In the last century, we’ve achieved myriad technological feats, from moon landings and electric vehicles to smartphones and augmented reality glasses—yet somehow, women are still walking around in high heels that make their feet hurt.
“High heels are a matter of engineering, and if we had more women engineers, someone probably would have thought of making them more comfortable a long time ago,” says Dolly Singh, who founded LA’s Thesis Couture five years ago to do just that. Last year she released the company’s first four-inch stiletto heel, a metallic gladiator sandal that, while not quite a walking-on-air experience, feels at least as soothing to the sole as a wedge and looks fabulous. This fall Thesis Couture is revealing three new models, all of them more subdued than the original Olympus One (space-age name intentional) and highly suitable for office chic.
Singh’s revolutionary shoes don’t come cheaply; the retail prices range from $650 to $950. As with early flat-screen TVs and electric cars, the early model high-tech stilettos cost a lot to develop. In fact, rethinking high heels from the wearer’s perspective turned out to require a touch of rocket science. Singh isn’t a scientist or engineer herself, but fortunately she had friends at SpaceX, where she was the head of talent recruiting from 2008 to 2013, followed by two-and-a-half years recruiting for the virtual reality company Oculus VR (now owned by Facebook) while getting Thesis Couture off the ground.
From recruiting experts in leading-edge technology, she learned how an engineer approaches a problem that calls for a technological disruption. “First they take the thing apart to see how it works,” she says. “So I had a cobbler take apart a pair of high heels.” She saw that the inner workings consisted of a thin metal rod called a shank and a compressed cardboard sole; that was it. “The way it’s constructed, basically 85 percent of your body weight is pitched forward on the ball of your feet.” In asking male engineer friends to construct a design that would allow more of the body weight to rest on the heel, “I told them not to think of this as a shoe, but as building a chassis for the human body,” she says.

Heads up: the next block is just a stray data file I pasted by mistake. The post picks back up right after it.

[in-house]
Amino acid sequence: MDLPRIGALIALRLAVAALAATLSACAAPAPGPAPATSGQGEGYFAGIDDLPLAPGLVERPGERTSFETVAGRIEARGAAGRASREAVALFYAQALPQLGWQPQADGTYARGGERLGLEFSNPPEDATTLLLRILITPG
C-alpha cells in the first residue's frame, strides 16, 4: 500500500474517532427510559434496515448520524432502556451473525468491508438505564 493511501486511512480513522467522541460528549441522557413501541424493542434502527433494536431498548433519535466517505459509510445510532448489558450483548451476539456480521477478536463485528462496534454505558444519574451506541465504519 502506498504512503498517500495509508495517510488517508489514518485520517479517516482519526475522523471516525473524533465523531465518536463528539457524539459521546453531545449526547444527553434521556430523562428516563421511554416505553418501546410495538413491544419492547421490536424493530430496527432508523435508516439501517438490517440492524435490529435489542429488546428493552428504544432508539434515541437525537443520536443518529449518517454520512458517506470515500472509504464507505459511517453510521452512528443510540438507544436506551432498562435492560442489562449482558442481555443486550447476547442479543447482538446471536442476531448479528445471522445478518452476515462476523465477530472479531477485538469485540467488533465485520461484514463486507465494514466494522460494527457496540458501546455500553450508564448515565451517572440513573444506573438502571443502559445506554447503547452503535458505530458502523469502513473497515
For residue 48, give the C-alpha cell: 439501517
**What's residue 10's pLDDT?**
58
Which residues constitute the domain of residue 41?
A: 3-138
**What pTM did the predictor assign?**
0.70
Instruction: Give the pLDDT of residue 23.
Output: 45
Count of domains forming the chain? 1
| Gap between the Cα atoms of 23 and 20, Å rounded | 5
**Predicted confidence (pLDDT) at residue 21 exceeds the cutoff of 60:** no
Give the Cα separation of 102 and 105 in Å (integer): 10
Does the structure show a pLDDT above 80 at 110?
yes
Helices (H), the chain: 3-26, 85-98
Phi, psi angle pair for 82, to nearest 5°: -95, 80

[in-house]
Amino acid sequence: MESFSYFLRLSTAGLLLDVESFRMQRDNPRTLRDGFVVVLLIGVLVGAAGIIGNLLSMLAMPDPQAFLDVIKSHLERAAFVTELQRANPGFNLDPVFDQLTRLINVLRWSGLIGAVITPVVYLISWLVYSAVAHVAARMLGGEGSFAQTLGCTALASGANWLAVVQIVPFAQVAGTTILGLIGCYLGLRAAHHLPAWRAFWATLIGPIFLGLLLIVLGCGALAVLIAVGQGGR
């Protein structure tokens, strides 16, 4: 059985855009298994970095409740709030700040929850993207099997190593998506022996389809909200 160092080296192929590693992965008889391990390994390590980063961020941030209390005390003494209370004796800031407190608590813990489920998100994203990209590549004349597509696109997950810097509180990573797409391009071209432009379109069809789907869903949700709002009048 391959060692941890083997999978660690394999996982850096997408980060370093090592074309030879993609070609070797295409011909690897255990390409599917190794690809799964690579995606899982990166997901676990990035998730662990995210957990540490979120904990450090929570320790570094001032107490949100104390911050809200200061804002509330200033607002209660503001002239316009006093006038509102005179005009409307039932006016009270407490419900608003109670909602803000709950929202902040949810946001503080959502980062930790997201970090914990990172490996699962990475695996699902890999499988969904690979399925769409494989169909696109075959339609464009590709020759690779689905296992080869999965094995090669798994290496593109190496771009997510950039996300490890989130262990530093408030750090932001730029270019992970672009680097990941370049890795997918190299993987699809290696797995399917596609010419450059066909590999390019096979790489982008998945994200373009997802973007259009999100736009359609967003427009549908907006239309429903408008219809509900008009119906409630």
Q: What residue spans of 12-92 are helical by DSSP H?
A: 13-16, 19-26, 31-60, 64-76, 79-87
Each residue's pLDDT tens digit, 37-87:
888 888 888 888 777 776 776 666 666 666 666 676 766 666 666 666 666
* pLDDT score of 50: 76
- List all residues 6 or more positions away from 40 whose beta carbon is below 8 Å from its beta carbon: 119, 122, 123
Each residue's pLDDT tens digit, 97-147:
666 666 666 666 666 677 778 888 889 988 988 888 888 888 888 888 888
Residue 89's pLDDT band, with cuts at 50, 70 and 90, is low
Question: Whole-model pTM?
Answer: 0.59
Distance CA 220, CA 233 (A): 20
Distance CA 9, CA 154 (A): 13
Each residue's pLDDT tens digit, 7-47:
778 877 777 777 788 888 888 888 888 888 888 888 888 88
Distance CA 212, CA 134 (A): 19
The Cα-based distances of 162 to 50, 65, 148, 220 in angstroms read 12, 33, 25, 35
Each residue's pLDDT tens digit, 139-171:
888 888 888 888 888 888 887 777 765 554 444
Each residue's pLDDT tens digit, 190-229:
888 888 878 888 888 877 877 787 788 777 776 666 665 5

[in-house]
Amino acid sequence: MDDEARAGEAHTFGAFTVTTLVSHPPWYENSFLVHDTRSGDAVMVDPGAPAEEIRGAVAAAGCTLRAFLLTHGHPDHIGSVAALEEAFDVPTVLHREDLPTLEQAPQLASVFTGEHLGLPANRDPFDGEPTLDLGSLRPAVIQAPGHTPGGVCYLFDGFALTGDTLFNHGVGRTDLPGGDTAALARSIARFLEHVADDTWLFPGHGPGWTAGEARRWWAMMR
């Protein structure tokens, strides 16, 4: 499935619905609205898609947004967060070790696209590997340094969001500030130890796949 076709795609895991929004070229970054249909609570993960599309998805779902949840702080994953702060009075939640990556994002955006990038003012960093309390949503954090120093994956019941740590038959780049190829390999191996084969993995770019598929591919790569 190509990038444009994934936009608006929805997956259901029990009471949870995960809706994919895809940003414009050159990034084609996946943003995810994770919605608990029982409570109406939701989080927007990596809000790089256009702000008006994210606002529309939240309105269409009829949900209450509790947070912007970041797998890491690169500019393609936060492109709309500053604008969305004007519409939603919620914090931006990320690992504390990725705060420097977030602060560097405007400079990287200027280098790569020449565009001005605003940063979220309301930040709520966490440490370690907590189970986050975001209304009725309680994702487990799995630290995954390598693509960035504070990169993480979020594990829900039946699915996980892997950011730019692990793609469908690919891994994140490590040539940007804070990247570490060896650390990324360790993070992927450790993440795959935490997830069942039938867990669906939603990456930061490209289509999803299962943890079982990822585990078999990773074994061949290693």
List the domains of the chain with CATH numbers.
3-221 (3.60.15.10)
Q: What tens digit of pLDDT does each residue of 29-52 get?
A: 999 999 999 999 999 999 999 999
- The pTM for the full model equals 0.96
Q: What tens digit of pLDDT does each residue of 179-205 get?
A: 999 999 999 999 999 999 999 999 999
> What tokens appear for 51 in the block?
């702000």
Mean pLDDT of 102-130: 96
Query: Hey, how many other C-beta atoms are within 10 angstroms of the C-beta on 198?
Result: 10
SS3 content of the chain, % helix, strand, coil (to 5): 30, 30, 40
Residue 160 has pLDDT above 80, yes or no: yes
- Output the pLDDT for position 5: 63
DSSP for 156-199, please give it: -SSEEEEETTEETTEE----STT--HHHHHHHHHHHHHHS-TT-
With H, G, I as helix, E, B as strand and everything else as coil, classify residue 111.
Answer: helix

The result is a shoe with an exterior that is made in Italy while a tech supplier in Singapore makes the internal architecture, which includes a cushion comprised of a proprietary blend of thermal and ballistic-grade plastic polyurethane.
It has been a long haul, says Singh. Even once she had a perfected design and prototype, it wasn’t easy to find a shoe factory willing to do something so out of the ordinary and in a limited batch. And although she was able to get about $1.8 million in seed funding—with Salesforce CEO Marc Benioff, SpaceX engineer Tom Mueller, and BBG Ventures among the early investors—she anticipates that the next round of fundraising will be harder.
“I understand where investors are coming from on this,” she says. “If you’re going to invest in something, you want to understand the product. Then you can give the company a check and add value through your expertise. But if no one has made high-tech high heels before, how is an investor going to add value?”
She is, however, starting to develop a following among people with expertise in what it’s like to walk in high-tech heels. The supermodel Beverly Johnson, for one, writes on Instagram: “I’m so spoiled now—I prefer my Thesis heels over everything else.…I can feel the difference in every step, and my body matters to me.”